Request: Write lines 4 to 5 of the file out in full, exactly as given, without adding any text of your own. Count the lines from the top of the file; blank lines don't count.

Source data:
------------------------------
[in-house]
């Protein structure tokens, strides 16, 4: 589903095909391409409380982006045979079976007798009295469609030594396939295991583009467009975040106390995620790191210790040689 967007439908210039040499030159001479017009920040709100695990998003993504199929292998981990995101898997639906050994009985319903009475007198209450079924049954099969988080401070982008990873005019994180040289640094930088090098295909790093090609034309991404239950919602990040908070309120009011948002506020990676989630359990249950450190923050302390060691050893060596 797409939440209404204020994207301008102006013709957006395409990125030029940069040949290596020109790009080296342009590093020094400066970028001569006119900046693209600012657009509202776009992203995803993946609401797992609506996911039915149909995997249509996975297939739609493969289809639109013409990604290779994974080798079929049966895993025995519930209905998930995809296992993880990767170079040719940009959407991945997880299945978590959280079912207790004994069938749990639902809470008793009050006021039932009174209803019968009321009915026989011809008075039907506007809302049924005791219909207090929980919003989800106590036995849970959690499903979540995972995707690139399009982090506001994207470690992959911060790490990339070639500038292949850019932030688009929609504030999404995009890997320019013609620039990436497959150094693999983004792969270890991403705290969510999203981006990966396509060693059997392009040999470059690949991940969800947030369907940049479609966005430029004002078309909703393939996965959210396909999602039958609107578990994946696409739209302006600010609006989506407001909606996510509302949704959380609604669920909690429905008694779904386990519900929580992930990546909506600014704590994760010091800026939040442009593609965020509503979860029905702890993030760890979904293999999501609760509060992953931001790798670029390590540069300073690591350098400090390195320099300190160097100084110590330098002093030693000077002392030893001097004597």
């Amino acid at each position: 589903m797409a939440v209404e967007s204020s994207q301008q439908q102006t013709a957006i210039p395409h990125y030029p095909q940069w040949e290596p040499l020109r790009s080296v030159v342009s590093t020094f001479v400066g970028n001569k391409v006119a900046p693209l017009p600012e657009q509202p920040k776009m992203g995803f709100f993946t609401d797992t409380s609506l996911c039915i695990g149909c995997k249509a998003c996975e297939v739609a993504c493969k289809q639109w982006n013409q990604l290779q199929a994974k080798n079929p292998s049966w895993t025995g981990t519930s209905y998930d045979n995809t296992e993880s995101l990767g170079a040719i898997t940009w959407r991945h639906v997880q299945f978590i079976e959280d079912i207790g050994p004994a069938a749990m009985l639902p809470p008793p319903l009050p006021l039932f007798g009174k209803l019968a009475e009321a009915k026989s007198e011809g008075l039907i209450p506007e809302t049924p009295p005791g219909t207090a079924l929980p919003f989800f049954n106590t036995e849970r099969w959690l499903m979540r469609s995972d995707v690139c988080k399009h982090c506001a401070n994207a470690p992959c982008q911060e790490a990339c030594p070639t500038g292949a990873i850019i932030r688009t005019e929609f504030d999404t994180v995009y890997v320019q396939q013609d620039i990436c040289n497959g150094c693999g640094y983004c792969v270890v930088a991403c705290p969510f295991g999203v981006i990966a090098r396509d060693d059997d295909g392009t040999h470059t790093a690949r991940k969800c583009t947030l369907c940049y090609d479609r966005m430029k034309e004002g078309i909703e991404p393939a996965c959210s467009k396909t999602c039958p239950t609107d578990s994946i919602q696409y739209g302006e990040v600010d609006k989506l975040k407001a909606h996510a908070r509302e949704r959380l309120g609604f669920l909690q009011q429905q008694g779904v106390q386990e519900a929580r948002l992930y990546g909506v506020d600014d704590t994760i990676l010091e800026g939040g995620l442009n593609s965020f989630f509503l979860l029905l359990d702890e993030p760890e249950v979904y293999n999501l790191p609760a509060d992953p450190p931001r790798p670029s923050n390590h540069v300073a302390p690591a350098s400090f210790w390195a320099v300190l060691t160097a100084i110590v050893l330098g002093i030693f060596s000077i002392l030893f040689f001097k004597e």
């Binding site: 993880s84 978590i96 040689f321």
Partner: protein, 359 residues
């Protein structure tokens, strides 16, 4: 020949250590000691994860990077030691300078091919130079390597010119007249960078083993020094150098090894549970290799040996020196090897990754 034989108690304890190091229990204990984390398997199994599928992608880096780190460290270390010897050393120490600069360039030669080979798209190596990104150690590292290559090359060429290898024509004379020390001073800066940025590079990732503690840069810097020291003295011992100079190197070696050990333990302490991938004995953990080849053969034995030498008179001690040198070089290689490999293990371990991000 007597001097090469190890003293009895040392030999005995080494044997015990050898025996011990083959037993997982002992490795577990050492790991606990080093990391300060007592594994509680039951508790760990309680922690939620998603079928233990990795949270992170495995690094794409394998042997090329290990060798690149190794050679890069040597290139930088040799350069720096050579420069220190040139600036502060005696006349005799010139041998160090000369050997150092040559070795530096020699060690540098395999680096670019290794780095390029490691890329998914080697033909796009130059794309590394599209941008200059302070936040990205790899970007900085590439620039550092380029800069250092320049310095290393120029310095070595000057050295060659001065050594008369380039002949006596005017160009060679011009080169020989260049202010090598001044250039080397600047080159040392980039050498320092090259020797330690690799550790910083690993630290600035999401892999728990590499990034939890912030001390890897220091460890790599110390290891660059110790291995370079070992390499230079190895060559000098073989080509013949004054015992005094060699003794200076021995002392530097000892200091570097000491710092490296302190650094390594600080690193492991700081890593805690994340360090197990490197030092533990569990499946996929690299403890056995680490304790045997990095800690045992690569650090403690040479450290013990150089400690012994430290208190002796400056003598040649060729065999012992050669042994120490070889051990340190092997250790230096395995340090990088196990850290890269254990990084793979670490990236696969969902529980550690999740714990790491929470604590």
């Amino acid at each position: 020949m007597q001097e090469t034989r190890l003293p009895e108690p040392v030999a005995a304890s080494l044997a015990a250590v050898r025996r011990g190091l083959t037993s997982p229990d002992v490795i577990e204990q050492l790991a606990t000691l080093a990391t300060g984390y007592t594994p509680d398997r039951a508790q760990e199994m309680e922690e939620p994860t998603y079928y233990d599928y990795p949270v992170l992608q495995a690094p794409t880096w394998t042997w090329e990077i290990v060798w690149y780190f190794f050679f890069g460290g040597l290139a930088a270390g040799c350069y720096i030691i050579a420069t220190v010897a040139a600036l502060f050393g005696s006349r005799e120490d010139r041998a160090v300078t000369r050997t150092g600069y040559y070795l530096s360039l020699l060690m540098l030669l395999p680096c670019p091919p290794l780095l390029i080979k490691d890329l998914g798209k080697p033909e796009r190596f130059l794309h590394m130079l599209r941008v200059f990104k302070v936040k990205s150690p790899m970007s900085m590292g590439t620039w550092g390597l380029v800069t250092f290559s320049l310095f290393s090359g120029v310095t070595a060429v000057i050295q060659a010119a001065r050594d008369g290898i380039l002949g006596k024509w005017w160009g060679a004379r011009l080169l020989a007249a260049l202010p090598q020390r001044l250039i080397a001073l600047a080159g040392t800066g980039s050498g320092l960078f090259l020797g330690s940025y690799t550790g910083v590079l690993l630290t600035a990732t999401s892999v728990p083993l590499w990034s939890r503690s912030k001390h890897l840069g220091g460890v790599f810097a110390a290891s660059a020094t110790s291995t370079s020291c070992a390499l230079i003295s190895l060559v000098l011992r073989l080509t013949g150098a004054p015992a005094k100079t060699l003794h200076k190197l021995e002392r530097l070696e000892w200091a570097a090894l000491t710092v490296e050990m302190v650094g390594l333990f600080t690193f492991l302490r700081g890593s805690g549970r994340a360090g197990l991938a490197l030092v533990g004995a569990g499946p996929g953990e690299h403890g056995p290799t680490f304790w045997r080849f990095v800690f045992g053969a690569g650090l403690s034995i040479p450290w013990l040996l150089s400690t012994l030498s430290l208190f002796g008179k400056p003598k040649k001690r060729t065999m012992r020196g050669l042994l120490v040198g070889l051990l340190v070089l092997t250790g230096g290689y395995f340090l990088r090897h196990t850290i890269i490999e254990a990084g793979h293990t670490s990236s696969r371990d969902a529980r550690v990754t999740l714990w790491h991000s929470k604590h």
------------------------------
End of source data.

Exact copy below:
């Binding site: 993880s84 978590i96 040689f321």
Partner: protein, 359 residues